As this last line indicates, part of the power of a holy life is not only that it helps the mind discern which life is best—a treatise or apologia can do that as well—but it assists the will to desire and choose it. It provokes the soul to recognize a way as good and beautiful, nurturing contempt for the worldly way it is currently pursuing. Through the demonstration of a holy life, the holy is seen as something both desirable and achievable, which compels us to face, as Augustine puts it, our own “naked self.” Describing this, Augustine writes,
You stood me face to face with myself, so that I might see how foul I was, how deformed and defiled, how covered with stains and sores…If I tried to turn my gaze from myself, he [Augustine’s friend, reading The Life of Antony] still went on with the story that he was telling, and once again you placed me in front of myself, and thrust me before my own eyes, so that I might find out my iniquity and hate it.
What Augustine saw in the life of Antony was the face of Christ shining through it. Augustine’s own conversion to a holier form of life was soon to follow, precipitated by these events, showing that discipleship is a chain of emulation—imitators imitating imitators of Christ—sourced in and sustained by the Logos; he flows through them in history like water cascading from rock to rock.
That You Might Follow in His Steps
Whatever one makes of Origen’s take on the Christian life, it is evident that a Church without a varied stock of spiritual exemplars will be offensive and wearisome to its age, no matter how keen its outreach strategy, winsome its apologetics, or articulate its belief system.
How is conformity to Christ practiced? Addressing his congregation in Caesarea, Origen instructed:
But if you come to church regularly, if you are stimulated by the scent of the divine word, and if you grasp the explanation of the heavenly commandments, then just like food and delicacies strengthen the flesh, so also the spirit regains its health through the divine words and is reinvigorated in its spiritual senses…Therefore, the nourishment of the spirit is the divine reading, unceasing prayer, and the word of instruction.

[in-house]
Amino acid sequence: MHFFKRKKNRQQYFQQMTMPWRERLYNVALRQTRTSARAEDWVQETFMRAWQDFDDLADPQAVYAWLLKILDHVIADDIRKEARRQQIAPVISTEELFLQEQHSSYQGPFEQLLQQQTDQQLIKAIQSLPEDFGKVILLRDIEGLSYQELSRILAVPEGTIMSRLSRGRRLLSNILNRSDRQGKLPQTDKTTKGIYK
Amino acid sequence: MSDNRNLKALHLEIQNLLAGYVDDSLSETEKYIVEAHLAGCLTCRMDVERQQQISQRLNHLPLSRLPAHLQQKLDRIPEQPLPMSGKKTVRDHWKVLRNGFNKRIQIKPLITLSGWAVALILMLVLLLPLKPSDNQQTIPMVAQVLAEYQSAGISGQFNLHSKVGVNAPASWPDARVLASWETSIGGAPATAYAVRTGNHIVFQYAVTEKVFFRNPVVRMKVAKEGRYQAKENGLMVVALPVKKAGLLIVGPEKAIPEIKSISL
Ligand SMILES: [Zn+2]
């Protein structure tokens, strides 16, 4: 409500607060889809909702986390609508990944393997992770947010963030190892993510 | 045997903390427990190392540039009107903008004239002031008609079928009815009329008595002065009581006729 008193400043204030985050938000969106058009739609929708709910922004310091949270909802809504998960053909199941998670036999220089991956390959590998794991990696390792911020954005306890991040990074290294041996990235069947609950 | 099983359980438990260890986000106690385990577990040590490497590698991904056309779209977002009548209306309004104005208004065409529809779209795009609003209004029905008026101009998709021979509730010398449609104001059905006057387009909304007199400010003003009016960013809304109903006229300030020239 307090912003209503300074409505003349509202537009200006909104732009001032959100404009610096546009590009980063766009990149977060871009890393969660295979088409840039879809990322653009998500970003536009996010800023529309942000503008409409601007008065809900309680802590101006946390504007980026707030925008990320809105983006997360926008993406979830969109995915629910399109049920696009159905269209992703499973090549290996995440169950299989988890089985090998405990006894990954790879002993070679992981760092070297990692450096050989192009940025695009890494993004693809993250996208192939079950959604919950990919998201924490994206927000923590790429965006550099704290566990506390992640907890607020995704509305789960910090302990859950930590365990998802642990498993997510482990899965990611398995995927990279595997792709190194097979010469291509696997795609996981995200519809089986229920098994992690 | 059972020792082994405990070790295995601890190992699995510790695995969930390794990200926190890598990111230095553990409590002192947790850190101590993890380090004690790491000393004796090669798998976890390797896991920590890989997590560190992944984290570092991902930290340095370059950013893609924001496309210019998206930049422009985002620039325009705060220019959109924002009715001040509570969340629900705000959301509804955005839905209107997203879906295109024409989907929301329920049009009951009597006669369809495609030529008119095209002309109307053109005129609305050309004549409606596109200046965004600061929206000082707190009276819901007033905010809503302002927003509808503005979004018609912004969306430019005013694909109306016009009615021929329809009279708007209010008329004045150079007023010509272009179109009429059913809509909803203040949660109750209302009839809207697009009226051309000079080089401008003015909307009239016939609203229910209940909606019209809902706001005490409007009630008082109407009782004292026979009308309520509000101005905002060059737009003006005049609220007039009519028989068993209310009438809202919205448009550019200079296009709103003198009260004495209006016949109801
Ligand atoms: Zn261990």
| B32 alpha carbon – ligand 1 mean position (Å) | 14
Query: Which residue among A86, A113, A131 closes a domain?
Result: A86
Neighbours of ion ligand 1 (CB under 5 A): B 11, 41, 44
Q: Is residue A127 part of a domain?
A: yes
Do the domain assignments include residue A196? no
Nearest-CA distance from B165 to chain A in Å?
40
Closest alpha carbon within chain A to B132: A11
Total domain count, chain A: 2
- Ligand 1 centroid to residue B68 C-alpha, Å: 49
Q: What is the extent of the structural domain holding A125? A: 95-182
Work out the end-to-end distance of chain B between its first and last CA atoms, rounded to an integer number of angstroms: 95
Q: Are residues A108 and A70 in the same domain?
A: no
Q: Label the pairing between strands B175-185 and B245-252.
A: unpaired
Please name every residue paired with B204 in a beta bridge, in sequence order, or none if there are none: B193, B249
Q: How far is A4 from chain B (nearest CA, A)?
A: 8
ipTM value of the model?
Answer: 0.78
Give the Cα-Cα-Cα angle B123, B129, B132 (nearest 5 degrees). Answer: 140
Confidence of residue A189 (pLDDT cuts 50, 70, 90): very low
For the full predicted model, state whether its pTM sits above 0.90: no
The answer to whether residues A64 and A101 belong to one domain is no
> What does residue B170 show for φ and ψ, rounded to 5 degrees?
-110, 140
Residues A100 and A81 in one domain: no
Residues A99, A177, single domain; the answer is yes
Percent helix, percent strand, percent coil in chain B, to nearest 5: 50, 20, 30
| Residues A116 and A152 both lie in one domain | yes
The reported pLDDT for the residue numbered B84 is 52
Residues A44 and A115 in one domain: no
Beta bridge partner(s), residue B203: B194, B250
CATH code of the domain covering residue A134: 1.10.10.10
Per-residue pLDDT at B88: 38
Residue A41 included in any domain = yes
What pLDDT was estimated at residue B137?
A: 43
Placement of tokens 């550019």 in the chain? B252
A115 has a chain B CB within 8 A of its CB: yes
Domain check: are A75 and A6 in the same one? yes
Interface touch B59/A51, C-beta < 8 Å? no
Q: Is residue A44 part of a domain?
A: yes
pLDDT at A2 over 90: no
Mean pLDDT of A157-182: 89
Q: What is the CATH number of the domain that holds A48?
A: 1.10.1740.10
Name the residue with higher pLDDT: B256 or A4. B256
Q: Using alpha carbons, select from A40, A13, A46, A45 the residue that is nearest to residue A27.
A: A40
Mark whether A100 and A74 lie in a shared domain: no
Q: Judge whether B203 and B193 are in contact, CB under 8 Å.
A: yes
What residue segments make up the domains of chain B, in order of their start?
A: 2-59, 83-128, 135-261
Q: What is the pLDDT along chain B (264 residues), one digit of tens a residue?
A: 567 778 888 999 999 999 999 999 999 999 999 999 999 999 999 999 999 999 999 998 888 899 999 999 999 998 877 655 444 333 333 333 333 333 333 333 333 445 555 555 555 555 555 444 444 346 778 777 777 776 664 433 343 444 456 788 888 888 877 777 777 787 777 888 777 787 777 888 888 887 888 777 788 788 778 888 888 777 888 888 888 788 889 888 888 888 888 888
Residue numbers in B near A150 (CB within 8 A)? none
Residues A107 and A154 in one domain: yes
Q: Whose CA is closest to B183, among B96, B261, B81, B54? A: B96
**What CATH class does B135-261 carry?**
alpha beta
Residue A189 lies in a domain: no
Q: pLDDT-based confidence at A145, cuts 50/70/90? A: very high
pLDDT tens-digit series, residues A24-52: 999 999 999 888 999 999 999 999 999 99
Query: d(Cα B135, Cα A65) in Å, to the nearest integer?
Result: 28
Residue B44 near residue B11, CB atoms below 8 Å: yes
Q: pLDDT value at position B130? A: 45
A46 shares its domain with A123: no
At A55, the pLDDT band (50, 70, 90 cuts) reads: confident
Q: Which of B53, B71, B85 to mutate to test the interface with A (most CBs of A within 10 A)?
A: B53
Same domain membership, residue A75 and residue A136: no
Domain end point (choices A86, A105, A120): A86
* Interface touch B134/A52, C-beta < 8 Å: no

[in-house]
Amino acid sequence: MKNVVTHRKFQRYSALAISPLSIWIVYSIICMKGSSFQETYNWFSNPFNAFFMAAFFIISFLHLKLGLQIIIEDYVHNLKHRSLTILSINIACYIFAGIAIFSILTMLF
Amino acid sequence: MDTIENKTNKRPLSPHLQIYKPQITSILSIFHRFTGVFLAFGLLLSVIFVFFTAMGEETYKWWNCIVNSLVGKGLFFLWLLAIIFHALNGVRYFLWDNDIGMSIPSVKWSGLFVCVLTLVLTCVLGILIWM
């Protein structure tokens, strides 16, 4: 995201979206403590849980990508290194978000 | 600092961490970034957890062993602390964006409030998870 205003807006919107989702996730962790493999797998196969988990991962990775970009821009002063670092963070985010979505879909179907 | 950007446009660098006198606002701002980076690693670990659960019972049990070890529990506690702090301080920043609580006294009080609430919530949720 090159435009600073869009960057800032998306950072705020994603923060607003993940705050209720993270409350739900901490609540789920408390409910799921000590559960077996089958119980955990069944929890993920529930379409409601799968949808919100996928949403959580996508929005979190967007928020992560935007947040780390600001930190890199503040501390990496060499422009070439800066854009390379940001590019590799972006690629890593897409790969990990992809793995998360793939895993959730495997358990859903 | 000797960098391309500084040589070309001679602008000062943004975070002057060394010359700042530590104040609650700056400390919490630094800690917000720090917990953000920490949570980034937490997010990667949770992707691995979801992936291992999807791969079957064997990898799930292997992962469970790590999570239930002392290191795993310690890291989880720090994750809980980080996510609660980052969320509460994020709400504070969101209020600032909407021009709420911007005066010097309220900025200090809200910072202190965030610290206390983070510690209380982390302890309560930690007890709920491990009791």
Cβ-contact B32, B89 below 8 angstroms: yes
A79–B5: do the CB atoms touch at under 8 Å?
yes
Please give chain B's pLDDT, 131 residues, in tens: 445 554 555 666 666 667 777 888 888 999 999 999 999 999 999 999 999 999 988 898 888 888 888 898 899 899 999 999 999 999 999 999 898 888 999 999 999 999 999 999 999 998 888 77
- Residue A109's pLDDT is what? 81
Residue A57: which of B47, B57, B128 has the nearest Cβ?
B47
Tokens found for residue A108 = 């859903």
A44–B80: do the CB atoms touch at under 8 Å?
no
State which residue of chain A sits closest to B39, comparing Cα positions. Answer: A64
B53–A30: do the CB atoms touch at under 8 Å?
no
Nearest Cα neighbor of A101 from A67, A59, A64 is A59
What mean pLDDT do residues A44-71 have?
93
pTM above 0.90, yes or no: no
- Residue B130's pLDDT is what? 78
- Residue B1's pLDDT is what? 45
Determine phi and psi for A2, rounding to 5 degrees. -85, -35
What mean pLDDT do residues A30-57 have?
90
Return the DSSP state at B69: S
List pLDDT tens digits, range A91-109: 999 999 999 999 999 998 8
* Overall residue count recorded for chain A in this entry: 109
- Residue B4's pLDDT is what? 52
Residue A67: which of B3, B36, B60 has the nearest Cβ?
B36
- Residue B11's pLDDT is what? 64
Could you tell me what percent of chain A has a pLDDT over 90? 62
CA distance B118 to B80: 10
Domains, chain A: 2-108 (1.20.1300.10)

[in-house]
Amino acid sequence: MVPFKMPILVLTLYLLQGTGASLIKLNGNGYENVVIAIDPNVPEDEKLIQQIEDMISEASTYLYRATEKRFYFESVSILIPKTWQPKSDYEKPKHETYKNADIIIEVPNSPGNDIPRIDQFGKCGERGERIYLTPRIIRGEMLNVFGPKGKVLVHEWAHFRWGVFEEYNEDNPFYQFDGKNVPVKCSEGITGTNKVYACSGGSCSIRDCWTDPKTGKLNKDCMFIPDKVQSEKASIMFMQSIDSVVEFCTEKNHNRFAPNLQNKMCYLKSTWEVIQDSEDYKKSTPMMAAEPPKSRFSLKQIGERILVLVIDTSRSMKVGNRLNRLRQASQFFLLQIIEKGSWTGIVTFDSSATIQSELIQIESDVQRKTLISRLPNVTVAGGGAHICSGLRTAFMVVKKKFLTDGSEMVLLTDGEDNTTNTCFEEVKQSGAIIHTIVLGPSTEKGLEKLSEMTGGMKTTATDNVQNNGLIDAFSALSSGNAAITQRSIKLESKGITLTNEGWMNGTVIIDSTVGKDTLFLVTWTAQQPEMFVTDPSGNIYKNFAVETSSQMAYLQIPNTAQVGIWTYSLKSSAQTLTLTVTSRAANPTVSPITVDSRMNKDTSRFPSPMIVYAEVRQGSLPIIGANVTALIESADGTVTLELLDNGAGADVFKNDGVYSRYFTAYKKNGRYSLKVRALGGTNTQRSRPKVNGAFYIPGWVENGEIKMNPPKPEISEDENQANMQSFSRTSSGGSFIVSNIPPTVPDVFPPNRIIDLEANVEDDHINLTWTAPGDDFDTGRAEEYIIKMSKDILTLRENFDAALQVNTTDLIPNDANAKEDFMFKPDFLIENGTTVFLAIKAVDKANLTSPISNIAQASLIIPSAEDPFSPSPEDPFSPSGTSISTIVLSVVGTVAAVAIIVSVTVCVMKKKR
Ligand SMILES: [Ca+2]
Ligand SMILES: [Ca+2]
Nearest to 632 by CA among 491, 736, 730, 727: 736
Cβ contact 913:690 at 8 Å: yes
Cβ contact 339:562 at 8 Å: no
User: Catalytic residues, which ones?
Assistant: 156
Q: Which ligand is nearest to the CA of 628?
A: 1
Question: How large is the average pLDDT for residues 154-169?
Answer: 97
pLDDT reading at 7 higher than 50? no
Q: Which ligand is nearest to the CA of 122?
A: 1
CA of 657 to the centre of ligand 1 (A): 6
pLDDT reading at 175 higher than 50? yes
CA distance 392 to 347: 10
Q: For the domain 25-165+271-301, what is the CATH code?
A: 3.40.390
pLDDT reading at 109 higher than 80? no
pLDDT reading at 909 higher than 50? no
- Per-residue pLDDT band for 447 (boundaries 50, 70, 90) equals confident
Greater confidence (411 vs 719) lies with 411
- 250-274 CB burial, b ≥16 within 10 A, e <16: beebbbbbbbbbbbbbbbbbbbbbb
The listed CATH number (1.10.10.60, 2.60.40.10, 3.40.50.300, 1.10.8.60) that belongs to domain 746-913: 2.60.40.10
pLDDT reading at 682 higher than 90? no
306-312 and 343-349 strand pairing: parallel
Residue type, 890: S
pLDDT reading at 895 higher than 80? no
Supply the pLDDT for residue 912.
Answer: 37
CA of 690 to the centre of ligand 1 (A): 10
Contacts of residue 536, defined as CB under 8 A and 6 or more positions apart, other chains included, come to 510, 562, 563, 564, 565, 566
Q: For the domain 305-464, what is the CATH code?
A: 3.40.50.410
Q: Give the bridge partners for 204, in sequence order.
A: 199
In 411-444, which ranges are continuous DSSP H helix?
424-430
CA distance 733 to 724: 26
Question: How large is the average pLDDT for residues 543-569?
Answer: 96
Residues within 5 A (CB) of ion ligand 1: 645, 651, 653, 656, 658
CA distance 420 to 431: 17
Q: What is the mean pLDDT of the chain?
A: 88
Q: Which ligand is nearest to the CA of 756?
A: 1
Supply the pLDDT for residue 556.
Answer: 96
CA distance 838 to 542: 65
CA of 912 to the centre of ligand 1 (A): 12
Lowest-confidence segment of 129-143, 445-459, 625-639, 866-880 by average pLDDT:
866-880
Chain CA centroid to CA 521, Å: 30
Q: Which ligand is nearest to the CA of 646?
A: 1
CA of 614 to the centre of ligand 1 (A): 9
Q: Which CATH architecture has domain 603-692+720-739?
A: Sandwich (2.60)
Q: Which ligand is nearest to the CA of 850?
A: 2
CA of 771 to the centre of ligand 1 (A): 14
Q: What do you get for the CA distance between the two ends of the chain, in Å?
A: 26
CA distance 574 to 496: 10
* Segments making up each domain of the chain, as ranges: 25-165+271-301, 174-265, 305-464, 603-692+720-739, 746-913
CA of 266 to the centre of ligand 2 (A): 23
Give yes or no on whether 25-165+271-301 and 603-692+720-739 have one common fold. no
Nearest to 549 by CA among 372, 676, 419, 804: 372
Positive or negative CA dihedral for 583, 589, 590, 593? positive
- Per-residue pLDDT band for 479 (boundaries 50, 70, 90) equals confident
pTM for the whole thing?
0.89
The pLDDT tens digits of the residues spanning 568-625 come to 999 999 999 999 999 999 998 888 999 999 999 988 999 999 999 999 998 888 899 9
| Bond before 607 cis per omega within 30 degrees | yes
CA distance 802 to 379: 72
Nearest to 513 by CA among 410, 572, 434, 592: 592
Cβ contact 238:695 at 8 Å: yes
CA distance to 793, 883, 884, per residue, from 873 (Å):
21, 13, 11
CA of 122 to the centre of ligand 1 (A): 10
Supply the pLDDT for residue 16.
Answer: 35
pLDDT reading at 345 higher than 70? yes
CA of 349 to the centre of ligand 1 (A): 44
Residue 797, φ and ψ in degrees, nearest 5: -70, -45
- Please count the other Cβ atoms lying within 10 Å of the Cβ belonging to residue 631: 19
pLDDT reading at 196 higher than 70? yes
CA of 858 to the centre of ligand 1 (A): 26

Hom. Lev. 9.7
In short, conformity to Christ comes primarily through prayer and Scripture. It just so happens both converge on the Book of Psalms in a unique way and show how Christ is unique from other exemplars like Socrates. We will address these in the next two articles, in turn.
Blake Adams is an associate at the Church of the Resurrection in Wheaton, IL, a Latin tutor for the Ancient Language Institute, and a copyeditor at Wipf and Stock Publishers. He writes regularly at Read Religiously.
 For the full details on the discovery, see Lorenzo Perrone, “Discovering Origen’s Lost Homilies on the Psalms,” Auctores Nostri 15 (2015): 19–46.
 For an introduction to Origen, I recommend Ronald Heine, Origen: An Introduction to His Life and Thought (Eugene, OR: Cascade Books, 2019); and St. Pamphilus of Caesarea, Apology for Origen (Washington, DC: Catholic University of America Press, 2010). For something more extensive, the classic study by Henri de Lubac rekindled modern interest in Origen: Henri de Lubac, History and Spirit: The Understanding of Scripture according to Origen (San Francisco, CA: Ignatius Press, 2007). For something more recent, the introduction by John Behr in his translation of Peri Archon is game-changing: Origen, On First Principles, translated by John Behr (Oxford, UK: Oxford University Press, 2020).
 Hans Jonas argues that this syncretic mania was the womb from which Gnosticism would emerge, including the three traditions with which Origen most often contended: the Marcionites, Valentinians, and Basilideans. See Hans Jonas, The Gnostic Religion (Boston, MA: Beacon Press, 2001), pp.3–27.